Teach Teens Financial Responsibility By Having Them Paying for Their Own Extracurricular Activities

by TTMK on January 11, 2016 · 0 comments

The following post is from staff writer Melissa Batai

When I was young, my parents didn’t have a lot of money. I was expected to work, first babysitting when I was a young teenager, and then at restaurant and retail jobs when I was in my later teen years. Doing so provided me with a strong work ethic, and I appreciate that my parents had this philosophy.

Before I worked, I wasn’t involved in any extracurricular activities. When I was old enough to have a job, I paid for my own extracurriculars as well as hobbies.

Today’s generation of kids seem to be involved in extracurricular activities from the time they’re small children—first Mommy and Me classes, then sports, then sometimes moving up to expensive traveling leagues. My children are no different.

Investing in Their Extracurriculars

My son started taking tap dance when he was five years old. When he was seven, I quit my job to stay home with our three kids full-time. Money was tight, so the dance teacher said I could clean the studio one Saturday a month to pay for his class.

My son came with me to clean and worked right beside me. He enjoyed helping to clean the studio (surprisingly), and I appreciated that he had a stake in his own class.

My son is 11.5 years old now, and he is not earning any income now besides an allowance. However, my husband and I feel it’s important for him to have a financial investment in his extracurricular activities.

When he was young, that meant cleaning the dance studio with me. Now that he’s older, it means paying 10% of the cost of his extracurriculars.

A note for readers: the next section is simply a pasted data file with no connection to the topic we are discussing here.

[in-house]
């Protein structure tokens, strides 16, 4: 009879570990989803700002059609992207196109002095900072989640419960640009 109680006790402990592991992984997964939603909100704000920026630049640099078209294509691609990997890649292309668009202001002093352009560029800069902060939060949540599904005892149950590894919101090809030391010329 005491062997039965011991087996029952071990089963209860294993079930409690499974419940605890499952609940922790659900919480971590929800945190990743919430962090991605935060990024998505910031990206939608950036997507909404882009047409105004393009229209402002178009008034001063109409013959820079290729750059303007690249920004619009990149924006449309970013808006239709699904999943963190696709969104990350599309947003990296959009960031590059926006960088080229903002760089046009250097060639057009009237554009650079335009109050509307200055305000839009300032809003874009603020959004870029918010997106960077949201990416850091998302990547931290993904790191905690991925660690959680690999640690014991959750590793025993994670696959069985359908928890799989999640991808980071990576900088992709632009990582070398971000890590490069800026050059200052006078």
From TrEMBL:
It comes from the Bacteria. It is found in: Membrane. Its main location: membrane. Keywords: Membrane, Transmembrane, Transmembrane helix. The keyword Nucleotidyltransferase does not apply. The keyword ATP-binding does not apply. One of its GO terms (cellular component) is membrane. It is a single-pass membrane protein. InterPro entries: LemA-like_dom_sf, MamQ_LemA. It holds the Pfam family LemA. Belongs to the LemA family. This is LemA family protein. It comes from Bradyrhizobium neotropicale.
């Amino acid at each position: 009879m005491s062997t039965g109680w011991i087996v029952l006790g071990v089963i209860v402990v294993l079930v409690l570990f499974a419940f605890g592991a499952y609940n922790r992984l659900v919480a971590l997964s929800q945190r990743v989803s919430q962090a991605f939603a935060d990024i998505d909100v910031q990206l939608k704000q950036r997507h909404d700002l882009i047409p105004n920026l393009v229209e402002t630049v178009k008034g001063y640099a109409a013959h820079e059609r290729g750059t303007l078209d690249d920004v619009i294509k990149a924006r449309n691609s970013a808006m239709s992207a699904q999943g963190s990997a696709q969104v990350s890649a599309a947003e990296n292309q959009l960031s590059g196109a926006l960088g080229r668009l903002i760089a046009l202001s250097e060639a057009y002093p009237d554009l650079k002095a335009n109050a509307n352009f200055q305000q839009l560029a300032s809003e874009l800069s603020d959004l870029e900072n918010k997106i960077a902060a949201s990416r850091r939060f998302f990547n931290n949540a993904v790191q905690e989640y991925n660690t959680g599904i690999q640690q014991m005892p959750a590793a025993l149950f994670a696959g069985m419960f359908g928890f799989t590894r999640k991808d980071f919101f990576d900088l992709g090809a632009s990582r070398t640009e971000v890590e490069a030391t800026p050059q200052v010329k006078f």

That’s right, we make our child pay a portion of his extracurriculars.

This year, he decided that he wanted to take archery for 4-H. We went to several practice sessions, and his friends were nice enough to let him try out several of the bows before he committed to the one he wanted.

The bow, arrow, and other supplies came to $200. We agreed he could participate in the group if he paid 10%, or $20 for the bow and arrows. He did, without complaint, and he loves participating in archery.

Why We Require Our Children to Pay 10%

This was the first year we made our son pay something for his activities. I’ll likely wait until my younger kids are 10 or 11 to institute this rule for them, too. There are a variety of reasons why we do this:

Commitment. Kids can be notoriously fickle. They may sign up for one activity and decide three months later that it’s not right for them. However, if they have invested their own money, they’re likely to consider carefully before they commit, and they are less likely to drop out.

Responsibility. We don’t want our kids to think that we’re an ATM available for all of their interests. We want them to take responsibility for the activities that they choose. We also want to teach them how to learn to responsibly manage their money.

My Question for You

Do you think tweens and teens should pay a percentage of their extracurricular activities, or do you feel that’s being unfair to kids and placing an undue burden on them?

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